Nagasaki’s Light and Shadow

A Glimpse of Nagasaki: 70 Years After the Atomic Bomb

Society Culture

For centuries the port city of Nagasaki was a window for foreign trade, visited by ships from China, Korea, and countries as far away as Europe. At 11:02 a.m. on August 9, 1945, 374 years after the first Portuguese trader landed at its port, an atomic bomb detonated over the city, spreading death and destruction. Together with Hiroshima, Nagasaki stands as a “legacy of tragedy” and an invocation of peace.

Aging Survivors

As each anniversary of the atomic bombings of Hiroshima and Nagasaki passes by, hibakusha, or atomic bomb survivors, continue to grow older while their numbers slowly dwindle. According to Ministry of Health, Labor, and Welfare figures, as of March 2015 the average age of the 183,519 registered atomic bomb survivors was 80.13, marking the first time for the figure to hit the octogenarian range. The previous year saw 9,200 hibakusha pass away, the largest number to date. There are currently 47,868 and 83,367 hibakusha living in Nagasaki and Hiroshima Prefectures, respectively.

These figures represent more than the loss of survivors; they are the loss of storytellers. When the atomic bomb detonated over Nagasaki, only a handful of people within a 500-meter radius of the hypocenter survived the ensuing blast. Of these, only one is still alive to share the story of their ordeal.

Facing the steady loss of those able to bear witness, Karukaya Ken of the Nagasaki Atomic Bomb Museum unwaveringly points to the inevitable: a time when no survivors remain. “This makes recording their stories all the more important,” says Karukaya.

A Twist of Fate

In August 1945 the United States selected the cities of Hiroshima, Kokura, Nagasaki, and Niigata as potential targets for the atomic bomb—a new weapon the leaders of the country hoped would hasten the end of the Pacific War. The first nuclear weapon to be used in wartime, a uranium-cored bomb code-named “Little Boy,” detonated over the skies of Hiroshima on August 6.

A replica of “Fat Man” on display at the Nagasaki Atomic Bomb Museum. A replica of “Fat Man” on display at the Nagasaki Atomic Bomb Museum.

Three days later, the US B-29 bomber Bockscar took off with the second and last nuclear weapon to be used, the plutonium-cored “Fat Man.” The plane left Tinian in the Mariana Islands in the early morning hours of August 9. The primary target for the bomb was Kokura in Fukuoka Prefecture, but due to cloud cover over the city, the plane continued on to its secondary target of Nagasaki.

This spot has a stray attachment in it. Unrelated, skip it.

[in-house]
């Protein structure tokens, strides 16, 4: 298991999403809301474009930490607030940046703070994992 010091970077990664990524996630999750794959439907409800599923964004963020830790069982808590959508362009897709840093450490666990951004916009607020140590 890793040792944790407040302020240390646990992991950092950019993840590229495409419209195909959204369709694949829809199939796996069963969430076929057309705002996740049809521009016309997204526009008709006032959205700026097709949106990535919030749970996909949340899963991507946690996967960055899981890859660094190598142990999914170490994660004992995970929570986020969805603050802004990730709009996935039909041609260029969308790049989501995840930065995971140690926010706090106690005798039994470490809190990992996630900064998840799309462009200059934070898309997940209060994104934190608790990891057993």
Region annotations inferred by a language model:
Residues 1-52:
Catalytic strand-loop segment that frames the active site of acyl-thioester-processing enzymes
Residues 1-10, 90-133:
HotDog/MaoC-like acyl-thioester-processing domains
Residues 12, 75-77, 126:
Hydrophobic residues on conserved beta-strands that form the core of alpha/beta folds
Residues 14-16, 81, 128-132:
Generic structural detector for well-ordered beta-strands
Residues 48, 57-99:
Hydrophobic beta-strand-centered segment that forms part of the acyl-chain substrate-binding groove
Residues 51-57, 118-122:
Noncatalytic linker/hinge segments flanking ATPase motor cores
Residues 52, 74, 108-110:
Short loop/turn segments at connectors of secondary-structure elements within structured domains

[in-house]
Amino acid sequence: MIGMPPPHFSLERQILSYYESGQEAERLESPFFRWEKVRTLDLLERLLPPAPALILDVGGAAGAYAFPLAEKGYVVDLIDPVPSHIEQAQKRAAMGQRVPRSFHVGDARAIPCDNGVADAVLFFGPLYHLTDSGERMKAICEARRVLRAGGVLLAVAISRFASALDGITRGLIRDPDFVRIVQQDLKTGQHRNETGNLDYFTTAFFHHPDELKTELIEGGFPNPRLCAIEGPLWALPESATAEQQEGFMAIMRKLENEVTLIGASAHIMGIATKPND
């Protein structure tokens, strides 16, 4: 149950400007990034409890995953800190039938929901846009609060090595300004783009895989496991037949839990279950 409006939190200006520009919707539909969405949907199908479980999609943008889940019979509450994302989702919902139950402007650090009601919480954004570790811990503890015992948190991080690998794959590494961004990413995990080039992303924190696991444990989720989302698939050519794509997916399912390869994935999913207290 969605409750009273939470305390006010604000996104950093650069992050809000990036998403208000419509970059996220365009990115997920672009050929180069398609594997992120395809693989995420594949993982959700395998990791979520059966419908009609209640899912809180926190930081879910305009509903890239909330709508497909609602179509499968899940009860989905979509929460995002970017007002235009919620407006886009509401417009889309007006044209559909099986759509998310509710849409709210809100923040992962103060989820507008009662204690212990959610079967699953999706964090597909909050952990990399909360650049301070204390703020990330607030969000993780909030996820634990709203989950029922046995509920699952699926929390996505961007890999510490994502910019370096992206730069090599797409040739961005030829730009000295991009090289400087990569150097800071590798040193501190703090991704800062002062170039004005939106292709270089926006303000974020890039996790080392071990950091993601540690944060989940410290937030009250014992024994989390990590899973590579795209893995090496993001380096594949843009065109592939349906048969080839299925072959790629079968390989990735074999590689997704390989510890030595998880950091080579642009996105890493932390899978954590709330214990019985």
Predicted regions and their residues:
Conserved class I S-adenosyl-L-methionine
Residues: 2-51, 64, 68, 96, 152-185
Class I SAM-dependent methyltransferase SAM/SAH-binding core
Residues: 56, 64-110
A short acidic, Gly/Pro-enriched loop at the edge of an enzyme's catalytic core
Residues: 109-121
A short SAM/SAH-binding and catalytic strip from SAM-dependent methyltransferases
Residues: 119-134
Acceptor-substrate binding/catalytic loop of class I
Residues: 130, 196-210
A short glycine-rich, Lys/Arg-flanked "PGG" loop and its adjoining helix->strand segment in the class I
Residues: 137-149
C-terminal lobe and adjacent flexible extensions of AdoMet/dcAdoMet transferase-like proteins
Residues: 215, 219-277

During a recent visit to the city I spoke with Chita Masanobu, director of the Nagasaki National Peace Memorial Hall for the Atomic Bomb Victims, who shared some of the historical twists of that fateful day. “There were some who felt the bomber should return to base,” explains Chita, “but the weight of the weapon, which was over 4,000 kilograms, made that impossible.” He then told how the bomber Bockscar, low on fuel after dropping its payload on Nagasaki, had to land in Okinawa instead of returning to Tinian.

The bomb fell shy of its intended military targets, the Mitsubishi munition and industrial plants, and detonated over the Urakami Cathedral, a holy site for Nagasaki’s Christians. The explosion turned the district around the cathedral into a smoldering ruin, killing an estimated 8,500 of the 12,000 Japanese Catholics living there.

Recording the Human Toll

The Peace Memorial’s Remembrance Hall houses 12 glass pillars engraved with the names of atomic bomb victims. The Peace Memorial’s Remembrance Hall houses 12 glass pillars engraved with the names of atomic bomb victims.

According to municipal records, through December 1945 there were 73,884 fatalities and 74,909 injuries due to the bombing. This accounted for 62% of the city’s population, which at the time stood at around 240,000.

The Nagasaki National Peace Memorial Hall for the Atomic Bomb Victims stands next to the Atomic Bomb Museum. The hall houses a list of victims, as well as hibakusha who are now deceased, with new names added to the rolls each year. As of the end of 2014, the facility held 167 books imprinted with 165,425 names.

A short distance from where this list is kept is a basin marking the hypocenter of the bomb. Brimming with water, it stands as a reminder of the pleas of the dying for a drink to quench their burning thirst. Visitors can also view in the facility’s library handwritten accounts from 36,400 hibakusha.

The Peace Memorial Hall also serves to remind visitors that Japanese were not alone in suffering the effects of the atomic bomb. Although exact figures are unknown, as many as 13,000 Koreans, 650 Chinese, and 200 other foreigners are thought to have perished in Nagasaki.

Moving Memorial: The Nagasaki Atomic Bomb Museum

The Nagasaki Atomic Bomb Museum replaced the Nagasaki International Culture Hall, which had stood on the site as a symbol of the city’s wish for lasting peace since 1955. Completed in 1996, the museum houses documents and artifacts related to the bombing.